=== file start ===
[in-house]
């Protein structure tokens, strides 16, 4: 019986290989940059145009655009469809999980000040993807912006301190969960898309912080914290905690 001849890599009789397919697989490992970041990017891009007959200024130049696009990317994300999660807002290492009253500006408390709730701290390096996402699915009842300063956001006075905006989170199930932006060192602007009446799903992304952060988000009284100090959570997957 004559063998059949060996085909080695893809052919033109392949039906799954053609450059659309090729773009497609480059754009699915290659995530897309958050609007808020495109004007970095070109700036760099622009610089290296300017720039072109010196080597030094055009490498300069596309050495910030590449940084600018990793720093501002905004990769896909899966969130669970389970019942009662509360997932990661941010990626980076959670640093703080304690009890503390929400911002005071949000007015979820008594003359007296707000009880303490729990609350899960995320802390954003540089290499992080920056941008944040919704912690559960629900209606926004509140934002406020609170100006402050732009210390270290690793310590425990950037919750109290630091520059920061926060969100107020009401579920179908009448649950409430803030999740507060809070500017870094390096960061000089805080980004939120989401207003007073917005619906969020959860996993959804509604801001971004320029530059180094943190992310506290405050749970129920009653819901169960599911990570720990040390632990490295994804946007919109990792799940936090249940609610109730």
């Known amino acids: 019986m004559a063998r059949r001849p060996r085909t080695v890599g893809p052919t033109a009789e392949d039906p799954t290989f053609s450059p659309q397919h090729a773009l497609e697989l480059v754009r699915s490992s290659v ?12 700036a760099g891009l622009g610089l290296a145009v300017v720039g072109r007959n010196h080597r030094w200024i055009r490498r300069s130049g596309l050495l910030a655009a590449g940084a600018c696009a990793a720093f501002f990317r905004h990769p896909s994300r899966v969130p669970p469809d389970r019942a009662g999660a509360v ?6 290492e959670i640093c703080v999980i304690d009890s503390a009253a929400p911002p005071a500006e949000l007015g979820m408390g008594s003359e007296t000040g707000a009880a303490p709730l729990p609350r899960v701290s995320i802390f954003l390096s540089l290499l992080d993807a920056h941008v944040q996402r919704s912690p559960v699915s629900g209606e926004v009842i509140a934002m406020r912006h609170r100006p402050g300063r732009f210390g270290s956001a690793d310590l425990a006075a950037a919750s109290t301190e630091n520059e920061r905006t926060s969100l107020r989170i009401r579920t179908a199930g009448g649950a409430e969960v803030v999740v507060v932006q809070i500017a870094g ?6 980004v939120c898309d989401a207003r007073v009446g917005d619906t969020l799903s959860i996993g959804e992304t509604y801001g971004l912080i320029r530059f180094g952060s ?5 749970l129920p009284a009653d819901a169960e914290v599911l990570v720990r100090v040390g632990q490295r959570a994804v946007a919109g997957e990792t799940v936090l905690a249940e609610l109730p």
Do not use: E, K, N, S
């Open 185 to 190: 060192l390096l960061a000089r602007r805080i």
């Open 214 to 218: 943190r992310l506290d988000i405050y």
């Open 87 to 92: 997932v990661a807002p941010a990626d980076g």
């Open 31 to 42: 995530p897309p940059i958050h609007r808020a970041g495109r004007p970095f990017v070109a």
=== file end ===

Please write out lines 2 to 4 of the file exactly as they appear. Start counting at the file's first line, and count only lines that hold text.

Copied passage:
């Protein structure tokens, strides 16, 4: 019986290989940059145009655009469809999980000040993807912006301190969960898309912080914290905690 001849890599009789397919697989490992970041990017891009007959200024130049696009990317994300999660807002290492009253500006408390709730701290390096996402699915009842300063956001006075905006989170199930932006060192602007009446799903992304952060988000009284100090959570997957 004559063998059949060996085909080695893809052919033109392949039906799954053609450059659309090729773009497609480059754009699915290659995530897309958050609007808020495109004007970095070109700036760099622009610089290296300017720039072109010196080597030094055009490498300069596309050495910030590449940084600018990793720093501002905004990769896909899966969130669970389970019942009662509360997932990661941010990626980076959670640093703080304690009890503390929400911002005071949000007015979820008594003359007296707000009880303490729990609350899960995320802390954003540089290499992080920056941008944040919704912690559960629900209606926004509140934002406020609170100006402050732009210390270290690793310590425990950037919750109290630091520059920061926060969100107020009401579920179908009448649950409430803030999740507060809070500017870094390096960061000089805080980004939120989401207003007073917005619906969020959860996993959804509604801001971004320029530059180094943190992310506290405050749970129920009653819901169960599911990570720990040390632990490295994804946007919109990792799940936090249940609610109730």
């Known amino acids: 019986m004559a063998r059949r001849p060996r085909t080695v890599g893809p052919t033109a009789e392949d039906p799954t290989f053609s450059p659309q397919h090729a773009l497609e697989l480059v754009r699915s490992s290659v ?12 700036a760099g891009l622009g610089l290296a145009v300017v720039g072109r007959n010196h080597r030094w200024i055009r490498r300069s130049g596309l050495l910030a655009a590449g940084a600018c696009a990793a720093f501002f990317r905004h990769p896909s994300r899966v969130p669970p469809d389970r019942a009662g999660a509360v ?6 290492e959670i640093c703080v999980i304690d009890s503390a009253a929400p911002p005071a500006e949000l007015g979820m408390g008594s003359e007296t000040g707000a009880a303490p709730l729990p609350r899960v701290s995320i802390f954003l390096s540089l290499l992080d993807a920056h941008v944040q996402r919704s912690p559960v699915s629900g209606e926004v009842i509140a934002m406020r912006h609170r100006p402050g300063r732009f210390g270290s956001a690793d310590l425990a006075a950037a919750s109290t301190e630091n520059e920061r905006t926060s969100l107020r989170i009401r579920t179908a199930g009448g649950a409430e969960v803030v999740v507060v932006q809070i500017a870094g ?6 980004v939120c898309d989401a207003r007073v009446g917005d619906t969020l799903s959860i996993g959804e992304t509604y801001g971004l912080i320029r530059f180094g952060s ?5 749970l129920p009284a009653d819901a169960e914290v599911l990570v720990r100090v040390g632990q490295r959570a994804v946007a919109g997957e990792t799940v936090l905690a249940e609610l109730p």
Do not use: E, K, N, S